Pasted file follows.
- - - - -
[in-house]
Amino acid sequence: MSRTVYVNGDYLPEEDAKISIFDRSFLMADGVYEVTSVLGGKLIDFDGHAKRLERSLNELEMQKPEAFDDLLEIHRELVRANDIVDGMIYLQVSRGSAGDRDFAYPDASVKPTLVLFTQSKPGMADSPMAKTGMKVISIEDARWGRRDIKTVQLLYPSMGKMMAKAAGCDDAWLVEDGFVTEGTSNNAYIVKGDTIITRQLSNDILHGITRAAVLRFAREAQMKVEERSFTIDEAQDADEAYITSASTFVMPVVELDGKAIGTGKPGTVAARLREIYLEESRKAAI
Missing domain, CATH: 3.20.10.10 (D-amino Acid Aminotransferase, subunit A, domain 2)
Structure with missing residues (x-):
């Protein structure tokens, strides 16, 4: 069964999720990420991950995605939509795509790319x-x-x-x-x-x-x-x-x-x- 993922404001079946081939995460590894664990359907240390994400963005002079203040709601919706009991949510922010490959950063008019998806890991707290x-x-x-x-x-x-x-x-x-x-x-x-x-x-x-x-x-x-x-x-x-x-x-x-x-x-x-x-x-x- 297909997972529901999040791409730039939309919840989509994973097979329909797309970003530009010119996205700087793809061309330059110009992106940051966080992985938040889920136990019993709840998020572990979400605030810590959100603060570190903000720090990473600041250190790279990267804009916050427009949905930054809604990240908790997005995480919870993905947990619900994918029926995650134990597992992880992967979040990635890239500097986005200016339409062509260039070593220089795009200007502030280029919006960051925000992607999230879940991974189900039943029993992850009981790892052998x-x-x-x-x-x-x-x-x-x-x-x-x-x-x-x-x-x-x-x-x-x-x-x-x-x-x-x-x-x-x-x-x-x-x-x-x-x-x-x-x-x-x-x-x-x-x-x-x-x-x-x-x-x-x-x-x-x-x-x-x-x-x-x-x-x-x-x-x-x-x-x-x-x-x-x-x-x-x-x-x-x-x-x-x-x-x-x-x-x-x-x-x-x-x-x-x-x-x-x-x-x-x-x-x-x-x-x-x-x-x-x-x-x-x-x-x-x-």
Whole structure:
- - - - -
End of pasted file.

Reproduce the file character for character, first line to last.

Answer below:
[in-house]
Amino acid sequence: MSRTVYVNGDYLPEEDAKISIFDRSFLMADGVYEVTSVLGGKLIDFDGHAKRLERSLNELEMQKPEAFDDLLEIHRELVRANDIVDGMIYLQVSRGSAGDRDFAYPDASVKPTLVLFTQSKPGMADSPMAKTGMKVISIEDARWGRRDIKTVQLLYPSMGKMMAKAAGCDDAWLVEDGFVTEGTSNNAYIVKGDTIITRQLSNDILHGITRAAVLRFAREAQMKVEERSFTIDEAQDADEAYITSASTFVMPVVELDGKAIGTGKPGTVAARLREIYLEESRKAAI
Missing domain, CATH: 3.20.10.10 (D-amino Acid Aminotransferase, subunit A, domain 2)
Structure with missing residues (x-):
């Protein structure tokens, strides 16, 4: 069964999720990420991950995605939509795509790319x-x-x-x-x-x-x-x-x-x- 993922404001079946081939995460590894664990359907240390994400963005002079203040709601919706009991949510922010490959950063008019998806890991707290x-x-x-x-x-x-x-x-x-x-x-x-x-x-x-x-x-x-x-x-x-x-x-x-x-x-x-x-x-x- 297909997972529901999040791409730039939309919840989509994973097979329909797309970003530009010119996205700087793809061309330059110009992106940051966080992985938040889920136990019993709840998020572990979400605030810590959100603060570190903000720090990473600041250190790279990267804009916050427009949905930054809604990240908790997005995480919870993905947990619900994918029926995650134990597992992880992967979040990635890239500097986005200016339409062509260039070593220089795009200007502030280029919006960051925000992607999230879940991974189900039943029993992850009981790892052998x-x-x-x-x-x-x-x-x-x-x-x-x-x-x-x-x-x-x-x-x-x-x-x-x-x-x-x-x-x-x-x-x-x-x-x-x-x-x-x-x-x-x-x-x-x-x-x-x-x-x-x-x-x-x-x-x-x-x-x-x-x-x-x-x-x-x-x-x-x-x-x-x-x-x-x-x-x-x-x-x-x-x-x-x-x-x-x-x-x-x-x-x-x-x-x-x-x-x-x-x-x-x-x-x-x-x-x-x-x-x-x-x-x-x-x-x-x-």
Whole structure: